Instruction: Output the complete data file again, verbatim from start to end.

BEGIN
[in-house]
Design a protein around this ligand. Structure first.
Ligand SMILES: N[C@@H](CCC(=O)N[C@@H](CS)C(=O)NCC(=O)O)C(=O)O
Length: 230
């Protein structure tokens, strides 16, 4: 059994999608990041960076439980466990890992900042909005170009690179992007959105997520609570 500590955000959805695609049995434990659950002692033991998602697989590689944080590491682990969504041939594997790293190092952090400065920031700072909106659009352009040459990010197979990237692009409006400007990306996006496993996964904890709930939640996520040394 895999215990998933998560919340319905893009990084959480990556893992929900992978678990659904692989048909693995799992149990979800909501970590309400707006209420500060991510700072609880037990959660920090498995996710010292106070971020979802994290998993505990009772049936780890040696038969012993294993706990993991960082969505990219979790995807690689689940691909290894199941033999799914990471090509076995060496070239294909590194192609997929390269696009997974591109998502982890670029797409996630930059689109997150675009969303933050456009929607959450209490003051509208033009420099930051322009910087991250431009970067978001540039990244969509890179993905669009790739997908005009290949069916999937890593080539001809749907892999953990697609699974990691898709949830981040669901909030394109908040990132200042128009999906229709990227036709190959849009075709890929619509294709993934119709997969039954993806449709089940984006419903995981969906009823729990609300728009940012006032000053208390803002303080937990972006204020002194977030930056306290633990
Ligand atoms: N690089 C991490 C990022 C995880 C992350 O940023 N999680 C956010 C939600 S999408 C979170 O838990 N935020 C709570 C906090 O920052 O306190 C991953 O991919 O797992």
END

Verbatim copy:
[in-house]
Design a protein around this ligand. Structure first.
Ligand SMILES: N[C@@H](CCC(=O)N[C@@H](CS)C(=O)NCC(=O)O)C(=O)O
Length: 230
């Protein structure tokens, strides 16, 4: 059994999608990041960076439980466990890992900042909005170009690179992007959105997520609570 500590955000959805695609049995434990659950002692033991998602697989590689944080590491682990969504041939594997790293190092952090400065920031700072909106659009352009040459990010197979990237692009409006400007990306996006496993996964904890709930939640996520040394 895999215990998933998560919340319905893009990084959480990556893992929900992978678990659904692989048909693995799992149990979800909501970590309400707006209420500060991510700072609880037990959660920090498995996710010292106070971020979802994290998993505990009772049936780890040696038969012993294993706990993991960082969505990219979790995807690689689940691909290894199941033999799914990471090509076995060496070239294909590194192609997929390269696009997974591109998502982890670029797409996630930059689109997150675009969303933050456009929607959450209490003051509208033009420099930051322009910087991250431009970067978001540039990244969509890179993905669009790739997908005009290949069916999937890593080539001809749907892999953990697609699974990691898709949830981040669901909030394109908040990132200042128009999906229709990227036709190959849009075709890929619509294709993934119709997969039954993806449709089940984006419903995981969906009823729990609300728009940012006032000053208390803002303080937990972006204020002194977030930056306290633990
Ligand atoms: N690089 C991490 C990022 C995880 C992350 O940023 N999680 C956010 C939600 S999408 C979170 O838990 N935020 C709570 C906090 O920052 O306190 C991953 O991919 O797992």